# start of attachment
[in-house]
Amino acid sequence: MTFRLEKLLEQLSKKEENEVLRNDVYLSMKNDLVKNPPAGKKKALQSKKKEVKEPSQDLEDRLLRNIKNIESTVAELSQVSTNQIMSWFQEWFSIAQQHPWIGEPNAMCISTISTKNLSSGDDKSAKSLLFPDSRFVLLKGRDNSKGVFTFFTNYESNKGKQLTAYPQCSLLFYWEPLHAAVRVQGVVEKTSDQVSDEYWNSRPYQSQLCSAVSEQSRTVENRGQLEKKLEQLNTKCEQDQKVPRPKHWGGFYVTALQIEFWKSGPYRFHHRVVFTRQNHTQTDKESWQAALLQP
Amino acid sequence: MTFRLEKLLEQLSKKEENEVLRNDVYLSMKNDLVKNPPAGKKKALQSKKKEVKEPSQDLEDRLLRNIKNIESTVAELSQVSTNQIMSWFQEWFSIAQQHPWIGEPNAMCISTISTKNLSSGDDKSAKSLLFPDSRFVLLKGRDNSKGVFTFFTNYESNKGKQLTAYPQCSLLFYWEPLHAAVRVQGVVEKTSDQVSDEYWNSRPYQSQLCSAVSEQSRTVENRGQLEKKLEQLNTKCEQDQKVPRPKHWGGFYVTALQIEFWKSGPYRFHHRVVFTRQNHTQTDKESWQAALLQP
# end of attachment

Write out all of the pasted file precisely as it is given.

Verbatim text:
[in-house]
Amino acid sequence: MTFRLEKLLEQLSKKEENEVLRNDVYLSMKNDLVKNPPAGKKKALQSKKKEVKEPSQDLEDRLLRNIKNIESTVAELSQVSTNQIMSWFQEWFSIAQQHPWIGEPNAMCISTISTKNLSSGDDKSAKSLLFPDSRFVLLKGRDNSKGVFTFFTNYESNKGKQLTAYPQCSLLFYWEPLHAAVRVQGVVEKTSDQVSDEYWNSRPYQSQLCSAVSEQSRTVENRGQLEKKLEQLNTKCEQDQKVPRPKHWGGFYVTALQIEFWKSGPYRFHHRVVFTRQNHTQTDKESWQAALLQP
Amino acid sequence: MTFRLEKLLEQLSKKEENEVLRNDVYLSMKNDLVKNPPAGKKKALQSKKKEVKEPSQDLEDRLLRNIKNIESTVAELSQVSTNQIMSWFQEWFSIAQQHPWIGEPNAMCISTISTKNLSSGDDKSAKSLLFPDSRFVLLKGRDNSKGVFTFFTNYESNKGKQLTAYPQCSLLFYWEPLHAAVRVQGVVEKTSDQVSDEYWNSRPYQSQLCSAVSEQSRTVENRGQLEKKLEQLNTKCEQDQKVPRPKHWGGFYVTALQIEFWKSGPYRFHHRVVFTRQNHTQTDKESWQAALLQP